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April 7, 2016updated 01 Aug 2016 4:07pm

EU nationals aren’t waiting until June to plan for life post-Brexit

By Spear's

Pre-Referendum uncertainty is seeing many UK based Europeans take up citizenship, says Sophie Wettern.

Are you bored of Brexit yet? Sometimes it seems as if it is on the front of every newspaper and the subject of every dinner party.  And we’ve still got over 2 months to go until the vote…

However, for EU nationals currently living in Britain, Brexit is a potentially life-changing question. There are around 2.9 million EU nationals living in the UK – that’s nearly 5 per cent of the population – and they constitute over 10 per cent of employees in the City of London. London has even been referred to as the sixth biggest French city; many of the EU citizens presently in the UK have lived here for years and view Britain as home, and they are not ready to leave.

Up until now, few EU nationals have bothered applying for UK citizenship. To do so, you must have lived in the UK permanently for six years, pay £1,000 per application and pass the Life in the UK test. Why go to all that effort when, under the EU Treaty you have right of freedom of movement and are not subject to immigration limits?

The possibility of a Brexit has changed this.  Nobody is sure what terms EU migrants might receive if the UK were to vote to leave the EU on 23rd June. Some have suggested that the ‘grandfathering’ of EU citizens who are already here is likely, and many think that there would, at the least, be a transition process for those who have been present in the UK for a certain time prior to the referendum.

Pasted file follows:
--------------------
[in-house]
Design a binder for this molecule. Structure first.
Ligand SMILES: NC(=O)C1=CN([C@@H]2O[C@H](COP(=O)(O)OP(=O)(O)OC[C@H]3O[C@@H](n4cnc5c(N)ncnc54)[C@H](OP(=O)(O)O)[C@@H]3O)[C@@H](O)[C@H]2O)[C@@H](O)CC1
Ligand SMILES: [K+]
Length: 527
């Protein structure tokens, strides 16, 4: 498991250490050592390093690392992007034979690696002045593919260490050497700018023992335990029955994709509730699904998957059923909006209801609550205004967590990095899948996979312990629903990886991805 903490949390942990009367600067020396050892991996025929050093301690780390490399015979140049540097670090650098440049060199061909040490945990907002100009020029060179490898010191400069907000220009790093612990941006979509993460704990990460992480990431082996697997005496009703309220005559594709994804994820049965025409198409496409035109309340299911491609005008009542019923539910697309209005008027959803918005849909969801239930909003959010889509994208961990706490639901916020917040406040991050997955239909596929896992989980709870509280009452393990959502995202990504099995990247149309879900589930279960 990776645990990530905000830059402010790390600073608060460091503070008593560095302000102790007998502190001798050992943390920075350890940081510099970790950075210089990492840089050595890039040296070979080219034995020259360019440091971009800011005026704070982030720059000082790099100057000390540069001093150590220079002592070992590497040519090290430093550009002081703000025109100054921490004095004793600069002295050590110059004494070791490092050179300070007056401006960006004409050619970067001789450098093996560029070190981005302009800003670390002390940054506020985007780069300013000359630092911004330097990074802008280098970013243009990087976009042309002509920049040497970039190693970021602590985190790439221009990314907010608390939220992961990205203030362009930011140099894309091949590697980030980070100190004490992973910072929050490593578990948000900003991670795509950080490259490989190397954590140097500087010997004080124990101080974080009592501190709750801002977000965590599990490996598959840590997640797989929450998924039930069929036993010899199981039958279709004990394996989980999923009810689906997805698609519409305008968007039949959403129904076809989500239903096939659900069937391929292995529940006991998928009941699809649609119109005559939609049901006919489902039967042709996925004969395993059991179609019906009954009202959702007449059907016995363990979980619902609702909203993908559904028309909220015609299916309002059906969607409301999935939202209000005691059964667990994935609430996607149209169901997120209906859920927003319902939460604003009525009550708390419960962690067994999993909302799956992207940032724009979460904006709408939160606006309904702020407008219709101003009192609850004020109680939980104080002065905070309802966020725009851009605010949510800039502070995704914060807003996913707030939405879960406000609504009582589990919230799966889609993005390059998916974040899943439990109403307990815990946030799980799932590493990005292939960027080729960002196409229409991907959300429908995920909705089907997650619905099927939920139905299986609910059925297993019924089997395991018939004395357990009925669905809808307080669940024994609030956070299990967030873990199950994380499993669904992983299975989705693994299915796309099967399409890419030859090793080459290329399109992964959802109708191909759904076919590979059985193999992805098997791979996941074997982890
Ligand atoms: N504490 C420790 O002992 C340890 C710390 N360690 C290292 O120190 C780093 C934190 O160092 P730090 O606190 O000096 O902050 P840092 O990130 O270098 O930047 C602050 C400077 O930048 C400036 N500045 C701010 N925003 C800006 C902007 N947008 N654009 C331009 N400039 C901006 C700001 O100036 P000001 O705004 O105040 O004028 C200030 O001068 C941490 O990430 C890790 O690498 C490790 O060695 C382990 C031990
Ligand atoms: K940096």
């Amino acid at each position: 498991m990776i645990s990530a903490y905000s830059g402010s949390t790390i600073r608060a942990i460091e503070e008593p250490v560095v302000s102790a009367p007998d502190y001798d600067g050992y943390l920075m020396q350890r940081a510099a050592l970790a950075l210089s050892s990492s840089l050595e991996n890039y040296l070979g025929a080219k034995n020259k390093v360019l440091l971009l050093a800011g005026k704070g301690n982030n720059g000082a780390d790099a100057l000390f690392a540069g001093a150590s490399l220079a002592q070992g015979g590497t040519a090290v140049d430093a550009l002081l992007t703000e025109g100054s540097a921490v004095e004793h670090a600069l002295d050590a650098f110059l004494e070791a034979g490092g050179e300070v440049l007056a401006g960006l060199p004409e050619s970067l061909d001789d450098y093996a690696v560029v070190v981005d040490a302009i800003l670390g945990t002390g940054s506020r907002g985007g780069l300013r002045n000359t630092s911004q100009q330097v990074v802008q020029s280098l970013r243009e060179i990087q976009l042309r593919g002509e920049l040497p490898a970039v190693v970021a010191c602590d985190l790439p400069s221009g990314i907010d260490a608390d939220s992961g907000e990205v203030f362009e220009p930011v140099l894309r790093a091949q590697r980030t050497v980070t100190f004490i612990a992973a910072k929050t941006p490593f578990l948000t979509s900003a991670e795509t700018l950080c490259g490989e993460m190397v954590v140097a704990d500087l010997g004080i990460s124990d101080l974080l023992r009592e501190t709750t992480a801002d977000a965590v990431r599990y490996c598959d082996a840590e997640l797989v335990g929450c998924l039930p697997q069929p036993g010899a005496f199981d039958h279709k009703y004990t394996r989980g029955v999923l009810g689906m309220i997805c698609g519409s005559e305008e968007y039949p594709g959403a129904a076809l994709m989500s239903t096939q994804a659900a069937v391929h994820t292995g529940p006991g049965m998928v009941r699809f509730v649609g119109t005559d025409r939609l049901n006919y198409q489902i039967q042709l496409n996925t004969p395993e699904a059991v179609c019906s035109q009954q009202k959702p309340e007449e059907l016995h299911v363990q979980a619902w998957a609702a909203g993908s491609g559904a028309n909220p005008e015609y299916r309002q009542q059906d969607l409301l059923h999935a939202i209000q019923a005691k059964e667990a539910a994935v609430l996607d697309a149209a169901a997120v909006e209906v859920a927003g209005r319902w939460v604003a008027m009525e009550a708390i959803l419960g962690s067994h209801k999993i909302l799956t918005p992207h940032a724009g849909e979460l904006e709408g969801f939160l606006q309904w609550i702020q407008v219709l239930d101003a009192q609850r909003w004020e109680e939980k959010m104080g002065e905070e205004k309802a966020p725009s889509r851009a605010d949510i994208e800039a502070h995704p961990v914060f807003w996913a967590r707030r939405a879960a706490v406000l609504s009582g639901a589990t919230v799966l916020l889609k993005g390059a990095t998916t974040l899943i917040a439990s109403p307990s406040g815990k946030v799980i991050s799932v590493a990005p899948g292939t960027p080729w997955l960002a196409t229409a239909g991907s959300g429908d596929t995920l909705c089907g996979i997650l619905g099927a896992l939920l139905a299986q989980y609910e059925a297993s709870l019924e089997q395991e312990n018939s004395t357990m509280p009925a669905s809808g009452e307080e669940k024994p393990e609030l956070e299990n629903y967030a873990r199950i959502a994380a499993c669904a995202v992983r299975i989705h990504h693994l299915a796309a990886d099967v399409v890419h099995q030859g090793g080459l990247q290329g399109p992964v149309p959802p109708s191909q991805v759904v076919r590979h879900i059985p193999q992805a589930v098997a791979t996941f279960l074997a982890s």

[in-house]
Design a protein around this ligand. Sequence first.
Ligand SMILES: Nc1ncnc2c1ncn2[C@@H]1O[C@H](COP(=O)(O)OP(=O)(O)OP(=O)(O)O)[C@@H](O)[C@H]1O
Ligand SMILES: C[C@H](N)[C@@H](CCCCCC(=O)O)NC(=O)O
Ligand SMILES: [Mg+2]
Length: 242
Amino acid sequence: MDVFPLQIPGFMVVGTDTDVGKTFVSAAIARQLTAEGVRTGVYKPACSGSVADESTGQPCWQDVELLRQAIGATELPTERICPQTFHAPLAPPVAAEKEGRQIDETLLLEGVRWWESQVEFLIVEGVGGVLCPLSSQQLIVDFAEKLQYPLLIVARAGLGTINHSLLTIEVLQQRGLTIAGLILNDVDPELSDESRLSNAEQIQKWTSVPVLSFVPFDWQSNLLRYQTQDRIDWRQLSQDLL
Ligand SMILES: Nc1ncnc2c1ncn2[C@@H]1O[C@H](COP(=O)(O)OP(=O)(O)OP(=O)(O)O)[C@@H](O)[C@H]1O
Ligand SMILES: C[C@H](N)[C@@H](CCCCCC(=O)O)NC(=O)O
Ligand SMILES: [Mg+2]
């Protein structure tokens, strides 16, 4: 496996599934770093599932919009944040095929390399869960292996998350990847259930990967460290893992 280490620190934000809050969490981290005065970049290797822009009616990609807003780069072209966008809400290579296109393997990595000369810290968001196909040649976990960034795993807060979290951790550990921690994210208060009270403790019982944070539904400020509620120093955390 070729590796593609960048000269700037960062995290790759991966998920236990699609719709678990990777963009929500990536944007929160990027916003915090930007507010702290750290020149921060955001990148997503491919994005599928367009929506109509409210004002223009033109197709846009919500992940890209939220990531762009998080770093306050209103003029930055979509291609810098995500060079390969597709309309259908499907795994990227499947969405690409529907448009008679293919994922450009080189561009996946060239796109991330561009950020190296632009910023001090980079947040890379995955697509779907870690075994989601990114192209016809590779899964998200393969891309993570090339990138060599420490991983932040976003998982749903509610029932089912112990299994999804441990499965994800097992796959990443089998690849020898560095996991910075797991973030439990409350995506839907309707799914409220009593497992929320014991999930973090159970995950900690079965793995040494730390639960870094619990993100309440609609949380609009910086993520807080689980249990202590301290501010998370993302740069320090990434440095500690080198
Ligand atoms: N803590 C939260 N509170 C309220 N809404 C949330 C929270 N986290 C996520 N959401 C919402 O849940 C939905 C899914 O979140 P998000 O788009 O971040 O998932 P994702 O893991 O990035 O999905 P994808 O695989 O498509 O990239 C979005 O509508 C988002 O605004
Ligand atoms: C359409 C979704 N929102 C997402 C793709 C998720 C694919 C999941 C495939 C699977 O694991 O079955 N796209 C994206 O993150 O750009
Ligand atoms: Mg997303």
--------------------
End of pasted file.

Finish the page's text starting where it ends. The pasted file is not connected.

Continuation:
But it’s not just being forced to leave that people fear. Other concerns which have been raised as potential issues if the UK were to vote ‘No’ include higher taxes on foreign property ownership, restrictions on studying, on employment, and the abolition of reciprocal health care arrangements.

As a result, law firms have seen a surge in UK citizenship applications from EU nationals living in the UK, who are not waiting until after the event to find out what changes might be made to the status quo. Many were acting to secure their right to stay in Britain even before the referendum date was announced, with the number of citizenship applications from EU citizens increasing by a quarter in the second half of last year.

The Times has released figures obtained from the Home Office which show that between the third and fourth quarters of last year, the amount of applications from Romanians and Bulgarians rose by 42 per cent, while the numbers of Poles applying for citizenship increased by almost 40 per cent. It’s not just Eastern Europe that reflects this trend – the number of UK citizenship applications from French citizens increased by nearly 20 per cent over the same period.

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We have seen corresponding changes from the government, which is currently asking that everyone obtain a permanent residence card to prove they have been here for five years before being able to apply for a passport. This was not necessary prior to November 2015.

Whatever happens in June, people want to be sure that they can stay in the UK if they wish to.

Sophie Wettern works at boutique private wealth law firm Maurice Turnor Gardner LLP. 

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